The Sad, Short Life Of Little Jimbo

Katie Young
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Wednesday - November 08, 2006

Fred Coury feeds Jimbo as a friend looks on
Fred Coury feeds Jimbo as a friend looks on

There is nothing more incredible than watching the birth of a baby. Being present as a tiny life fights its way into the world can soften the heart of even the most macho male or give you a new perspective on life and love.

And when your friend of 40 years decides to name the newborn after you, well, I can imagine you might feel quite honored - even if your namesake is a goat.

Such is the tale of a little pygmy goat named “Jimbo,” born on a hot day in July on a five-acre ranch in Florida and named after my father Jim.

My dad was visiting his college buddy, Fred, who lives on the ranch and cares for, among other animals, more than a dozen pygmy goats.

The pictures my father brought home of this miniature goat would make anyone fall in love. Sadly, however, Jimbo did not have a great start at life.

His mother rejected him shortly after his birth. She refused to let Jimbo feed and whenever he’d try to get close to her, the mother goat would charge at Jimbo, picking him up with her head and flipping him over.

My father helped Fred nurse the baby goat and by the time he returned home from his trip, was extremely attached to Jimbo’s almost human-like personality.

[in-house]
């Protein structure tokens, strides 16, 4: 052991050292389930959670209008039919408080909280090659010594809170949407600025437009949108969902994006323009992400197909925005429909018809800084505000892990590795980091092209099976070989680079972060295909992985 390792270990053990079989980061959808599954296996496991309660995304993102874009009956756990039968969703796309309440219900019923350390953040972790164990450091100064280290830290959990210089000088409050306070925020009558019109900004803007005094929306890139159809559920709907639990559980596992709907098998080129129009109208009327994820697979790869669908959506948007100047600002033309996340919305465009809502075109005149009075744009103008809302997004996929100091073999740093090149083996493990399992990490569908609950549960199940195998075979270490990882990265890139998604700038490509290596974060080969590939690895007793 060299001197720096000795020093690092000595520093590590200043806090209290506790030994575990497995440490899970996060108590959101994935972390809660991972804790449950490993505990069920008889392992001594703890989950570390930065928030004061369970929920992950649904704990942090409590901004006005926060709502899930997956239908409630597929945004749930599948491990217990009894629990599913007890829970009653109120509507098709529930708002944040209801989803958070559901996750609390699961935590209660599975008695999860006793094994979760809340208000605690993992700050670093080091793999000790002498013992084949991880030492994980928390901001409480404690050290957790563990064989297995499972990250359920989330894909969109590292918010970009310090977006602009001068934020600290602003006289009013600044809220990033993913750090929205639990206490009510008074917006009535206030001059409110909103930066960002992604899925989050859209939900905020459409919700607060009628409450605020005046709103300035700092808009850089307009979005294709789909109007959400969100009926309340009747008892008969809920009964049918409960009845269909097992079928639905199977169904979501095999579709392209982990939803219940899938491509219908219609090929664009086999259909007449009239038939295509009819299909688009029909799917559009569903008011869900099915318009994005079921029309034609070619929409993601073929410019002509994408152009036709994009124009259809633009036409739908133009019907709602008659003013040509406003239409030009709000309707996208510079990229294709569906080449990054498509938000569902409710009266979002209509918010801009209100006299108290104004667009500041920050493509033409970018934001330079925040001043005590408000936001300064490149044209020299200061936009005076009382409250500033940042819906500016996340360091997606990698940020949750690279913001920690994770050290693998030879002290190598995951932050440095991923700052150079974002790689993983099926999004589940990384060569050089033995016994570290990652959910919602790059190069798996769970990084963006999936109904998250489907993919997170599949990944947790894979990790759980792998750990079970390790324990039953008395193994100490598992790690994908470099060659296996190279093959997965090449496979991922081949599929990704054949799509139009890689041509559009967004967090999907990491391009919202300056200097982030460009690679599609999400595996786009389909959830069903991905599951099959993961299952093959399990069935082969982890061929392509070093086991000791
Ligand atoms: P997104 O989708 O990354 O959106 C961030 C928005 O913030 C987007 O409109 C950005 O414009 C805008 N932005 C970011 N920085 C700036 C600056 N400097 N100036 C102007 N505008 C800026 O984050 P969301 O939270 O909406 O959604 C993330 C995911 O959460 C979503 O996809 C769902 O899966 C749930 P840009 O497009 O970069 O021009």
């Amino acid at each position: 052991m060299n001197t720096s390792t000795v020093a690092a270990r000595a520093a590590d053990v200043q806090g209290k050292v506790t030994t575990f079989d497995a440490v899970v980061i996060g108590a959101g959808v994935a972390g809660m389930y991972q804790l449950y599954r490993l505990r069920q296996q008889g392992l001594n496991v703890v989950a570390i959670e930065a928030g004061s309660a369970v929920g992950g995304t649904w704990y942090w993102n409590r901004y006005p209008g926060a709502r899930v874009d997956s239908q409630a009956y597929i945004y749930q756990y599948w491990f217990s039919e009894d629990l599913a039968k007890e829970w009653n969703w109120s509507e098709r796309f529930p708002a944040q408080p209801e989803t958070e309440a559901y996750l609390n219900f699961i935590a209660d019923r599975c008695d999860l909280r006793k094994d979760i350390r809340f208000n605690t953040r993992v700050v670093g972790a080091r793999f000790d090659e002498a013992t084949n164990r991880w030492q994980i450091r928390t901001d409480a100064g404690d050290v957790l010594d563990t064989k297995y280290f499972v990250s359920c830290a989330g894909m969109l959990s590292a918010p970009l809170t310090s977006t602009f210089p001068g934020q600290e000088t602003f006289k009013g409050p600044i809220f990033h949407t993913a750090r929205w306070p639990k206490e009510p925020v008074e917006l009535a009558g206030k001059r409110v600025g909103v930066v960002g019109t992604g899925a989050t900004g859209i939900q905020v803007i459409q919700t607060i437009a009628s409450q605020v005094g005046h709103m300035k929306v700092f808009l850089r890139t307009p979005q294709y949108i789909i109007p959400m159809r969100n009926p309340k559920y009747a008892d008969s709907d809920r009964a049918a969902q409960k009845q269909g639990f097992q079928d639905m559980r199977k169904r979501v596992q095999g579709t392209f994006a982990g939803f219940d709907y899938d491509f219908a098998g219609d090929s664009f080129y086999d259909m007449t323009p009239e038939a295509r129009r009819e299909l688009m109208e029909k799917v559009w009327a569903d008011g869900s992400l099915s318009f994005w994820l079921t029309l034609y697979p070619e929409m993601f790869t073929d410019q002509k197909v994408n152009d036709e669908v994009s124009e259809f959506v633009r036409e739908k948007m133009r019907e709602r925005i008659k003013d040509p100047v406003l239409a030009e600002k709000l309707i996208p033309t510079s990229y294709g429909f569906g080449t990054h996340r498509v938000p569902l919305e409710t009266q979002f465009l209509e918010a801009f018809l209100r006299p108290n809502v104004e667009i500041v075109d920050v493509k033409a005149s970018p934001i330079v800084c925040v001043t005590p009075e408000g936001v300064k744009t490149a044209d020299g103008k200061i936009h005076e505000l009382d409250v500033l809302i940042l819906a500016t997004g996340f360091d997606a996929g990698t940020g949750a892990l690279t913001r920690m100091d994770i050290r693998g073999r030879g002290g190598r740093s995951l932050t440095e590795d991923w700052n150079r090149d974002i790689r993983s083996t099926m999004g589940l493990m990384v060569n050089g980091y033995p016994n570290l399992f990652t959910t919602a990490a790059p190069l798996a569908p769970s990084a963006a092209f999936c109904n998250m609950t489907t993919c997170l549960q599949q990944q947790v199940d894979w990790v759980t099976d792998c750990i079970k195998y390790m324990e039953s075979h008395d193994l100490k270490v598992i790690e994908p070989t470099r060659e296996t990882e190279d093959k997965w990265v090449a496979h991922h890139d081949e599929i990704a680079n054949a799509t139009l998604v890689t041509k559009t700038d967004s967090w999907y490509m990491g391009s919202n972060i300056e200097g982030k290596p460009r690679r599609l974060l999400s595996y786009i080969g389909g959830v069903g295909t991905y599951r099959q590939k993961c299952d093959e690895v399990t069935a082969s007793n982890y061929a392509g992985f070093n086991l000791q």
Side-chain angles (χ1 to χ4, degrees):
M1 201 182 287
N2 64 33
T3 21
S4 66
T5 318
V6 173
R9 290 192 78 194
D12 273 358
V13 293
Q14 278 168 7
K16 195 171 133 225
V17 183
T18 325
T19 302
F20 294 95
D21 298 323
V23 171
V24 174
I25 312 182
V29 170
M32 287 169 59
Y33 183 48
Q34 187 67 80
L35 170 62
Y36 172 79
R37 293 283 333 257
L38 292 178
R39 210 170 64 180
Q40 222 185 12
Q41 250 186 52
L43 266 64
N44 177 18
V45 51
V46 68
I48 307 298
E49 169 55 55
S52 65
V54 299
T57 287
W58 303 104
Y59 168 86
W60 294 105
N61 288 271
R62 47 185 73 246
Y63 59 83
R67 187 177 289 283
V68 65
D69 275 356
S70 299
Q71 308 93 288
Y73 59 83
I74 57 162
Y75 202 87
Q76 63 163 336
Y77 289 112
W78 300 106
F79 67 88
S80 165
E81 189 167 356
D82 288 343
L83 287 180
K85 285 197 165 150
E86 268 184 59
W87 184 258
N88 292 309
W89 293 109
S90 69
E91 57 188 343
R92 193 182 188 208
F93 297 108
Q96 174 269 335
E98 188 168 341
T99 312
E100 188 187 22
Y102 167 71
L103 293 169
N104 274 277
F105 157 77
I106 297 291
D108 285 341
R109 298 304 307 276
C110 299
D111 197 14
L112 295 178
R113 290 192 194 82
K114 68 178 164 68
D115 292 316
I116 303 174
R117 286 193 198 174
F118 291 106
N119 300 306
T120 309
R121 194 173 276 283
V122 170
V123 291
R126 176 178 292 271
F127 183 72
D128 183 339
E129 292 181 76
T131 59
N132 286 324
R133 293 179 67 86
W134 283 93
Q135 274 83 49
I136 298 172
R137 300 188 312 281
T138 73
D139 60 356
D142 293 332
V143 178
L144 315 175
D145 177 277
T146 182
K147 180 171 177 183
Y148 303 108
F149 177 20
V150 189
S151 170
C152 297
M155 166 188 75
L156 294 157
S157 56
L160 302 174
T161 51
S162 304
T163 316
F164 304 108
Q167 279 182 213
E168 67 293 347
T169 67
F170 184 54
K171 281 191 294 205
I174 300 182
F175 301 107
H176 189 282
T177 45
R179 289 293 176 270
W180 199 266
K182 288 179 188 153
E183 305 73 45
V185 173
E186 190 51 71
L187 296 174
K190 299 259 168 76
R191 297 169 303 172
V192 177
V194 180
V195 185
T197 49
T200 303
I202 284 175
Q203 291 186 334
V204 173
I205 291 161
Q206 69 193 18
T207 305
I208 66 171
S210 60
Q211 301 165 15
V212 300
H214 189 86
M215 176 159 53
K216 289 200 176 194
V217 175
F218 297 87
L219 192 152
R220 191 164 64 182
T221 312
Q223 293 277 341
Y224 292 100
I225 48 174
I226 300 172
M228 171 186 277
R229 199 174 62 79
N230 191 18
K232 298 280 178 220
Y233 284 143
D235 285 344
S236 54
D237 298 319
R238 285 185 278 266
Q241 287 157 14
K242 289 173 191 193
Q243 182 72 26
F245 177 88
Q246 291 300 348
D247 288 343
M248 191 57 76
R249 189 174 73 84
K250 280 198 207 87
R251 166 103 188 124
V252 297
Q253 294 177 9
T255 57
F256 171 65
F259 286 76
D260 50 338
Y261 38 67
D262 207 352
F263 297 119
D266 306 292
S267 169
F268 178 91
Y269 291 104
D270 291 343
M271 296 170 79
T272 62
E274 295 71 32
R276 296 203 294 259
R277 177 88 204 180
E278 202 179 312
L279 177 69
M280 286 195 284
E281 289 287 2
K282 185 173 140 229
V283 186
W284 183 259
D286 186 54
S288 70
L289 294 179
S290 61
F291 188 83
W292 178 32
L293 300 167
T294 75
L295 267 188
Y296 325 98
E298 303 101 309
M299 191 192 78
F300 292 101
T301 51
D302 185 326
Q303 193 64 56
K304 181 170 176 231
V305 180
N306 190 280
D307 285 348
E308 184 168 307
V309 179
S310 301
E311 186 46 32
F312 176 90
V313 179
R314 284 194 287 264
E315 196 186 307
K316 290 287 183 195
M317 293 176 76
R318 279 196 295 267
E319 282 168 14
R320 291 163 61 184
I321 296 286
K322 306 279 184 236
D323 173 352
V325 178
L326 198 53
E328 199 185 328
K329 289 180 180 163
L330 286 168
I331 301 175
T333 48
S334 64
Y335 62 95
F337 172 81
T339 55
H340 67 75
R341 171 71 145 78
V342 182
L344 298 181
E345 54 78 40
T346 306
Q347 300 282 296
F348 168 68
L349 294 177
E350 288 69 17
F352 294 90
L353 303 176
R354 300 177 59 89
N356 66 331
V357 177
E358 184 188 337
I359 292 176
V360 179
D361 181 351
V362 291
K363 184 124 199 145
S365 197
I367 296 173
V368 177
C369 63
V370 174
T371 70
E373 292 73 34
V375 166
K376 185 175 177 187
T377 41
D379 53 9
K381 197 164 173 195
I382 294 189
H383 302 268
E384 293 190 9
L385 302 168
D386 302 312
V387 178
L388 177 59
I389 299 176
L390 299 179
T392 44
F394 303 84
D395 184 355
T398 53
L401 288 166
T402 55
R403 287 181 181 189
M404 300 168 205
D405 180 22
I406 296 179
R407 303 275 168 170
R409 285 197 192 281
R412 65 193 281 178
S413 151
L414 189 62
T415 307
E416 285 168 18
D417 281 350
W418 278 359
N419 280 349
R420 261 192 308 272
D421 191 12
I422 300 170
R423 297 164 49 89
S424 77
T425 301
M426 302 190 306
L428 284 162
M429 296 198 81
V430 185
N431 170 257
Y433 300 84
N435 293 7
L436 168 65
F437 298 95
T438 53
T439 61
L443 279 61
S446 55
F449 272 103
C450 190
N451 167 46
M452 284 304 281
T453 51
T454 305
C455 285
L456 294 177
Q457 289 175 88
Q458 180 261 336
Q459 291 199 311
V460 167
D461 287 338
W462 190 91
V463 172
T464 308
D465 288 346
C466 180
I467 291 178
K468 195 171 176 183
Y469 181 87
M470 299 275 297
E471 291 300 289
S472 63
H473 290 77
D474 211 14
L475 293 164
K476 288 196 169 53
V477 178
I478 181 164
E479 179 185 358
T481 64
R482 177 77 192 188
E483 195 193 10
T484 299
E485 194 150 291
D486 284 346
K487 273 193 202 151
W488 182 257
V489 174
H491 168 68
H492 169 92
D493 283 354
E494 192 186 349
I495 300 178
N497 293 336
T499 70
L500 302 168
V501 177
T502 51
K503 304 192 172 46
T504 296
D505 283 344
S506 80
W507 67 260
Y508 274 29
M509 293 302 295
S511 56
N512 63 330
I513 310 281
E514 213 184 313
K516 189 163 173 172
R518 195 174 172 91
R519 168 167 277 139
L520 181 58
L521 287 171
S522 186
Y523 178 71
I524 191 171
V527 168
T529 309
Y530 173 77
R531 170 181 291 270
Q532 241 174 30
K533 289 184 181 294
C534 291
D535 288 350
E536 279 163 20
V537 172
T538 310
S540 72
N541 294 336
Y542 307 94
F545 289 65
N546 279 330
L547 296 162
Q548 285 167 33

Fred wrote e-mails to my father, updating him on Jimbo’s progress, but the notes started to take a troubling turn last month. Fred said that Jimbo’s predicament was that the other goats were being mean to him too.

“None of the reindeer will let him play in any reindeer games,” Fred wrote. “They butt him quite hard in the ribs, actually knocking him on his back. Before, he would just get up, shake it off and go on. Now, the body shots seem to be getting to him.”

After a while, Fred decided to isolate Jimbo from the other pygmy goats and began to hand-feed him.

Fred wondered what to do next. Should he get a flak jacket? Pay for goat self-defense lessons? He figured Jimbo was safe at least for now, unless he managed to get into his wife’s flower garden.

“But he’s lonely,” Fred wrote. “Goats are such social creatures.”

Fred still held out hope that with a little TLC, Jimbo would pull through. But a week ago, my father received this e-mail from Fred:

“Jimbo died early this morning. He was doing fine on Wednesday. I had put him on this side of the fence to allow him uncontested access to goat feed, which he ate, and to give him some respite from the other goats.

“But when I went out Thursday morning, he didn’t have a lot of energy. That evening, when he didn’t seem to be getting any better, I brought him onto the porch, right by the kitchen door. I gave him some electrolytes and milk.

“A little after midnight this morning, I went to feed him again. He looked pretty weak, so I picked him up and scratched his back (which he loved.) He held his head up really high, like it felt so-o-o good. Then, slowly, he began to lower his head until it rested on my arm ... and that was it.”

Who knows, maybe Jimbo was sickly at birth and that’s what led to his early demise. But I can’t help but think maybe Jimbo died because he did not get the love he so deserved from his own family. He must have felt so rejected and alone.

Just as Jimbo craved touch and affection, we humans also need the same. I think it’s important to never underestimate the power a kind word or an embrace can have - even in the most unseen ways.

Fred ended his note to my father by saying, “I think the best thing you can say about any person (or goat) is that my life was better for having known him. I think you and I, both, can say that for sure about Jimbo.”

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